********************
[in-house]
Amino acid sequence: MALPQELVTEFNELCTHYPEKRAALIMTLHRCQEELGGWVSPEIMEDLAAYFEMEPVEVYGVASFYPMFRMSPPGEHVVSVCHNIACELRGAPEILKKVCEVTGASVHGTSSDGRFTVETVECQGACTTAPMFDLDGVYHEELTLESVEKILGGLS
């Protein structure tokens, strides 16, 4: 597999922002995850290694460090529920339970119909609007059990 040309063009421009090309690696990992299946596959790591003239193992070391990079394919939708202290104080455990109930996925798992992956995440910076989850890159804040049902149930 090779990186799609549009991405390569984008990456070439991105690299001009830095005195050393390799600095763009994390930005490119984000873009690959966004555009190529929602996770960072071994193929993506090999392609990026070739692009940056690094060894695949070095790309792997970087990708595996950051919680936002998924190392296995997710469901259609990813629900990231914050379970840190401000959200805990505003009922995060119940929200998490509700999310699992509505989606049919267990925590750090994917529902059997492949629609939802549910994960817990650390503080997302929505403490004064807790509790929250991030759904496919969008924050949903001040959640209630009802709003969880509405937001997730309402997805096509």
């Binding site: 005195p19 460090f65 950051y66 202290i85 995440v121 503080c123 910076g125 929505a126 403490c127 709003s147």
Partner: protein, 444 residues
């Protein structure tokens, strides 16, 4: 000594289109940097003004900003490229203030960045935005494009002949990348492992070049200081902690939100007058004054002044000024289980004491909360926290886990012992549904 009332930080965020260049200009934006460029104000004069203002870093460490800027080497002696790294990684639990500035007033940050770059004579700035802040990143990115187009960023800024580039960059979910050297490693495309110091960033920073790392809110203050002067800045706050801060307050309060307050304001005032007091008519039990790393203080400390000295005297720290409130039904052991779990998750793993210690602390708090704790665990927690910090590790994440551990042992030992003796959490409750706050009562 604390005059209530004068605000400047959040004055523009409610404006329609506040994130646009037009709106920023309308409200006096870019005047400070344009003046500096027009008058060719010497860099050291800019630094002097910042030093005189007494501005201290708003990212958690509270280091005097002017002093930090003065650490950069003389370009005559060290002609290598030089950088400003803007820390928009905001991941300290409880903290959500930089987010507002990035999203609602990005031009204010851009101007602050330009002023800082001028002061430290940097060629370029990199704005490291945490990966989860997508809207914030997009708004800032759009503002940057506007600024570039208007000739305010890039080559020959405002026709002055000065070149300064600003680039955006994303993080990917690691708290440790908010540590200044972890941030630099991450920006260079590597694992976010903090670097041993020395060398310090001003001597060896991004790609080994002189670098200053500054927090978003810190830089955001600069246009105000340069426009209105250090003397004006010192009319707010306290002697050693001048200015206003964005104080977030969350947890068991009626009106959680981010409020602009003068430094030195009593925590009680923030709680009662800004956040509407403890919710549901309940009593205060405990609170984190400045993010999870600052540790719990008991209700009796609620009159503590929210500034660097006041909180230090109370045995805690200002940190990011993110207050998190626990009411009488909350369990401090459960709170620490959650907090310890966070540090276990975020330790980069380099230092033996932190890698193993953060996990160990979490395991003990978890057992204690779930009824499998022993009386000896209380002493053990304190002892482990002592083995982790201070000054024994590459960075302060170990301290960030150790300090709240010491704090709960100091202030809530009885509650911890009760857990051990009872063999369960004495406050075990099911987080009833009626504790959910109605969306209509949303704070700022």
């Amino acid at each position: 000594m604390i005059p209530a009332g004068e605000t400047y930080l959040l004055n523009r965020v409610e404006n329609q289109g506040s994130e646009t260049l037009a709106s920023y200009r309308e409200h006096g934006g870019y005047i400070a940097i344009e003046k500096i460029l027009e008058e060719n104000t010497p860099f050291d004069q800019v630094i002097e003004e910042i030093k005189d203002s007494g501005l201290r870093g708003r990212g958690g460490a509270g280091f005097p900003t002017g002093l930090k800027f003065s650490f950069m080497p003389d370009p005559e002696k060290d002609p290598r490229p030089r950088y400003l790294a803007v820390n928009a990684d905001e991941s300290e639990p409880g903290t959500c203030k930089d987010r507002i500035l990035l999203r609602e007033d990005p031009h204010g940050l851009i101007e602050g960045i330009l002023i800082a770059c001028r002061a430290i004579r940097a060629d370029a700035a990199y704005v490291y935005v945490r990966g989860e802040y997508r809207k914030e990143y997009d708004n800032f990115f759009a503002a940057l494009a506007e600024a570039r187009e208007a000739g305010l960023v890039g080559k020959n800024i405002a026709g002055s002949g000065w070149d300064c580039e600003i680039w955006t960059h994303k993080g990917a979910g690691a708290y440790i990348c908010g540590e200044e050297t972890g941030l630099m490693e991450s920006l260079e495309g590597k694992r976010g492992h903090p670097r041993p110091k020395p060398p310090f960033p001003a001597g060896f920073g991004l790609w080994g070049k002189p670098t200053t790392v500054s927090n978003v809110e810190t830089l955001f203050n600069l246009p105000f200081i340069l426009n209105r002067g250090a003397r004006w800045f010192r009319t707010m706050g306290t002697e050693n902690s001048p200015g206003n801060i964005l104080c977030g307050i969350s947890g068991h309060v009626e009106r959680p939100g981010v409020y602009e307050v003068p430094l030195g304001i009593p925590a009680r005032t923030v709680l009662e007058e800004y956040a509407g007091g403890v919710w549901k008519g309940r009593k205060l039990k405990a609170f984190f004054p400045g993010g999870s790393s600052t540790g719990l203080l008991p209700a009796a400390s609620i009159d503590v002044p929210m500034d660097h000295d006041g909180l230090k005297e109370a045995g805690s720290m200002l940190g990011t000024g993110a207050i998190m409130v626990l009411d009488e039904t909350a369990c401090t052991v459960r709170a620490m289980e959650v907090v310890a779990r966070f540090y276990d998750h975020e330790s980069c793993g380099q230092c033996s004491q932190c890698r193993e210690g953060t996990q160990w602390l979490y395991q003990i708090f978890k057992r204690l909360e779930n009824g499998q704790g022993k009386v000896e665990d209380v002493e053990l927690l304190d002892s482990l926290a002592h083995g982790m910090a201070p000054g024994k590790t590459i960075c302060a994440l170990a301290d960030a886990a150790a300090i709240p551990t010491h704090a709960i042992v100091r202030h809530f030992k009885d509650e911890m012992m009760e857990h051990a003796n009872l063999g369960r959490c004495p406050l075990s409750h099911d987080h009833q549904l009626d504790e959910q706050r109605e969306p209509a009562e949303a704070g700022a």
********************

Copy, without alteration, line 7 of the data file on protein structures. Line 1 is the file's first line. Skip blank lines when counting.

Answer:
């Amino acid at each position: 000594m604390i005059p209530a009332g004068e605000t400047y930080l959040l004055n523009r965020v409610e404006n329609q289109g506040s994130e646009t260049l037009a709106s920023y200009r309308e409200h006096g934006g870019y005047i400070a940097i344009e003046k500096i460029l027009e008058e060719n104000t010497p860099f050291d004069q800019v630094i002097e003004e910042i030093k005189d203002s007494g501005l201290r870093g708003r990212g958690g460490a509270g280091f005097p900003t002017g002093l930090k800027f003065s650490f950069m080497p003389d370009p005559e002696k060290d002609p290598r490229p030089r950088y400003l790294a803007v820390n928009a990684d905001e991941s300290e639990p409880g903290t959500c203030k930089d987010r507002i500035l990035l999203r609602e007033d990005p031009h204010g940050l851009i101007e602050g960045i330009l002023i800082a770059c001028r002061a430290i004579r940097a060629d370029a700035a990199y704005v490291y935005v945490r990966g989860e802040y997508r809207k914030e990143y997009d708004n800032f990115f759009a503002a940057l494009a506007e600024a570039r187009e208007a000739g305010l960023v890039g080559k020959n800024i405002a026709g002055s002949g000065w070149d300064c580039e600003i680039w955006t960059h994303k993080g990917a979910g690691a708290y440790i990348c908010g540590e200044e050297t972890g941030l630099m490693e991450s920006l260079e495309g590597k694992r976010g492992h903090p670097r041993p110091k020395p060398p310090f960033p001003a001597g060896f920073g991004l790609w080994g070049k002189p670098t200053t790392v500054s927090n978003v809110e810190t830089l955001f203050n600069l246009p105000f200081i340069l426009n209105r002067g250090a003397r004006w800045f010192r009319t707010m706050g306290t002697e050693n902690s001048p200015g206003n801060i964005l104080c977030g307050i969350s947890g068991h309060v009626e009106r959680p939100g981010v409020y602009e307050v003068p430094l030195g304001i009593p925590a009680r005032t923030v709680l009662e007058e800004y956040a509407g007091g403890v919710w549901k008519g309940r009593k205060l039990k405990a609170f984190f004054p400045g993010g999870s790393s600052t540790g719990l203080l008991p209700a009796a400390s609620i009159d503590v002044p929210m500034d660097h000295d006041g909180l230090k005297e109370a045995g805690s720290m200002l940190g990011t000024g993110a207050i998190m409130v626990l009411d009488e039904t909350a369990c401090t052991v459960r709170a620490m289980e959650v907090v310890a779990r966070f540090y276990d998750h975020e330790s980069c793993g380099q230092c033996s004491q932190c890698r193993e210690g953060t996990q160990w602390l979490y395991q003990i708090f978890k057992r204690l909360e779930n009824g499998q704790g022993k009386v000896e665990d209380v002493e053990l927690l304190d002892s482990l926290a002592h083995g982790m910090a201070p000054g024994k590790t590459i960075c302060a994440l170990a301290d960030a886990a150790a300090i709240p551990t010491h704090a709960i042992v100091r202030h809530f030992k009885d509650e911890m012992m009760e857990h051990a003796n009872l063999g369960r959490c004495p406050l075990s409750h099911d987080h009833q549904l009626d504790e959910q706050r109605e969306p209509a009562e949303a704070g700022a």